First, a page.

ISBN: 978-0-9561439-1-4 / 180+ pgs + cvr / Softback 210 X 210mm. 2024

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Anyone who ever went to a disco or party in the seventies will remember them; Top Of The Pops, budget priced monthly collections of chart hits with a difference – these were all cover versions!

With their cheap but memorable logo and sleeves featuring glamorous models, the albums were affordable for one good reason; they were cut by session musicians, chosen for their ability to get as close to the real thing as possible.
Back then major record labels didn’t want to cheapen their big acts by licensing tracks to budget labels. So budget labels were forced to improvise, and cover versions were the way forward. Of the many labels which started out in the late sixties, Hallmark set the standard with their Top Of The Pops collections.

Every six weeks the producers met, trying to predict what would be the best selling singles. Session musicians would listen to the originals and work out the parts. 12 tracks were laid down in a day and mixed that same evening.The album would be in the stores just three weeks later.
Top Of The Pops records went on to sell hundreds of thousands of copies, and were licensed to Europe, America and Australia. So successful did they become here that they soon started charting (on one memorable week keeping the new Led Zeppelin album out of the top ten), until spoilsport industry bigwigs had them banned from the charts!

This is the first book to tell the story of how these albums came about. The rise and fall of the Top Of The Pops phenomena makes a fascinating read – aided by author (and music archivist) Tim Joseph’s eye for detail and dry humour. The heroic efforts of the session players month in and month out are compared to the chart hits they sought to emulate. The text details many of the session singers who cut their teeth on them (step forward Elton John!), while guitarists scratched their heads trying to work out how to replicate Jimi Hendrix’s Voodoo Chile on a telecaster. Meanwhile producers trawled London’s streets looking for their missing Irish bagpipe players, who’d spent their session fees up front on Guinness and forgotten where the studio was. In the office upstairs the label boss’s wife was busy censoring the cover girl pictures if she thought they were getting a little too revealing and many of the cover models are at last identified.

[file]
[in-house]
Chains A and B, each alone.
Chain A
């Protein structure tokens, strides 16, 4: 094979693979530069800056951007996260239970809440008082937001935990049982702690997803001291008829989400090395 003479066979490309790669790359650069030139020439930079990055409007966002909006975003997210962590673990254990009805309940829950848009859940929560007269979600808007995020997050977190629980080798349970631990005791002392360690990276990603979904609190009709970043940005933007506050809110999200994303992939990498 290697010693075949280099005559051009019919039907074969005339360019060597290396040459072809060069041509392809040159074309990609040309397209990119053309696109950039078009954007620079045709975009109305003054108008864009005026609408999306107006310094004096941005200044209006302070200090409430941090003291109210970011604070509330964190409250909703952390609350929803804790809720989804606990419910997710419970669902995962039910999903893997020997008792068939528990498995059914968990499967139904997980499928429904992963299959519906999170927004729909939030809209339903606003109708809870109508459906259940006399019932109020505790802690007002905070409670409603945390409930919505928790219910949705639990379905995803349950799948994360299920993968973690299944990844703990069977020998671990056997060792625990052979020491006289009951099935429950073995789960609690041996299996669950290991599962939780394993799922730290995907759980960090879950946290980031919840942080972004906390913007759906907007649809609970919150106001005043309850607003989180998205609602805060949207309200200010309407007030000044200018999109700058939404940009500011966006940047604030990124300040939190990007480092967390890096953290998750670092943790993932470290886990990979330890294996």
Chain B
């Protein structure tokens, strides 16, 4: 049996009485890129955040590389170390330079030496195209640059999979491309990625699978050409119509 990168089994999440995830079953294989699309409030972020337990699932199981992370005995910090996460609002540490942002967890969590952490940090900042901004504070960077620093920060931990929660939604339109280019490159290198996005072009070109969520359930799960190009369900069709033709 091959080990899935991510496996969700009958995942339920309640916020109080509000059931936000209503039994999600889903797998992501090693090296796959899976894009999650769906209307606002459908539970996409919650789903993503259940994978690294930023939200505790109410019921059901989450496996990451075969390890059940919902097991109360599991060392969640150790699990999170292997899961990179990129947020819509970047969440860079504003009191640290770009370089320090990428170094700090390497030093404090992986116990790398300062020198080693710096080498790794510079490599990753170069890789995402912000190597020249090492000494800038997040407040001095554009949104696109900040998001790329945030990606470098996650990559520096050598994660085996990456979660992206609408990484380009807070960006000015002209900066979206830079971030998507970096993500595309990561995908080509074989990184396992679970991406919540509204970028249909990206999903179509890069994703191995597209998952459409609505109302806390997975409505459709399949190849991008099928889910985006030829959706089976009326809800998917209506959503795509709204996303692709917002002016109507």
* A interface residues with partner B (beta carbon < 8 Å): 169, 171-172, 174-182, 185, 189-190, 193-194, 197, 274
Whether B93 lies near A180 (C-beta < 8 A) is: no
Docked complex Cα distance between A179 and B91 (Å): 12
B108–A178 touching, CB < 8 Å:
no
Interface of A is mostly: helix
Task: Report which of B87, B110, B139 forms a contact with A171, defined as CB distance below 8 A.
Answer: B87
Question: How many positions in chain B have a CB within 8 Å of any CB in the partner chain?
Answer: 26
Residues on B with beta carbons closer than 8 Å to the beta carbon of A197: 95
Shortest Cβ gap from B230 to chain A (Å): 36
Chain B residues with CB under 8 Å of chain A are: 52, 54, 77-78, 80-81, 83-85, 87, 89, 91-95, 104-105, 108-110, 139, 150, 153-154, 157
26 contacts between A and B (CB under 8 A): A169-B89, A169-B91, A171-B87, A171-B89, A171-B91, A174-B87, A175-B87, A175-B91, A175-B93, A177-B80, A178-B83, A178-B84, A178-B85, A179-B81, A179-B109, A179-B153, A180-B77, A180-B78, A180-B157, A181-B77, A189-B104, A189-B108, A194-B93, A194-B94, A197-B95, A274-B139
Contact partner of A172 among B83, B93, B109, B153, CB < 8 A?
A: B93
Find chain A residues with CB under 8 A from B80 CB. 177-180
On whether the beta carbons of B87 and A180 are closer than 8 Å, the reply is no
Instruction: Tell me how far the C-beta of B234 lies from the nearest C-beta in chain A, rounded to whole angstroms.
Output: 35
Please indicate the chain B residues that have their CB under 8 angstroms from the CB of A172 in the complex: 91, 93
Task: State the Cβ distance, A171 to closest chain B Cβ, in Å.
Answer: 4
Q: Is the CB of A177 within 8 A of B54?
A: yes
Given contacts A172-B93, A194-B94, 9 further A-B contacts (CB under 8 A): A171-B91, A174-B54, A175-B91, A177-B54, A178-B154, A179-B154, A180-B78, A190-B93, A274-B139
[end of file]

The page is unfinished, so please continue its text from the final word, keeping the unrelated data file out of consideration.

French edition of the series, the cover model in a chic outfit

When operators like K-Tel began to compile original chart hit albums, Top Of The Pops fought back and it was only in the eighties that the series came to an end, unable to compete with newcomers like Now That’s What I Call Music, and lacking the budget to replicate the huge production values of many newer chart recordings.
Fifty or so years on however, the colourful, sometimes sexy and often kitschy sleeves have made these albums very collectable. This book covers the UK series as well as many of the rare foreign editions and associated releases. It is a book which can be bought just for the images, yet which carries enough detail to please anyone interested in this largely forgotten and ignored part of our pop music history. Author Tim Joseph (who has taken part on a Radio 2 documentary on the albums) has collected a load of great memorabilia; adverts, reviews and articles from the industry trade press at the time. The book is designed by Simon Robinson, writer of the very successful Easy On The Eye Books title Art Of The Bizarre Vinyl Sleeve, and will be subject to the same meticulous design and layout.

Unfortunately Tim has also had a long period of serious illness which has really delayed this title, while Easy Books have been hammered by Brexit, struggled through covid like everyone else (well, almost everyone else!) and also had critical health issues to deal with. But now we have all been signed off by the Doctors we can relaunch the title anew! 

We also have a limited number of stylish in-store promo posters for the title which will be available to buy from the Easy Books store shortly.

Susan Shaw, cover model on many album sleeves including Top Of The Pops, passed away in 2021. There is a page about her album cover career on Easy Books’ designer Simon Robinson’s LP cover art site ST33.

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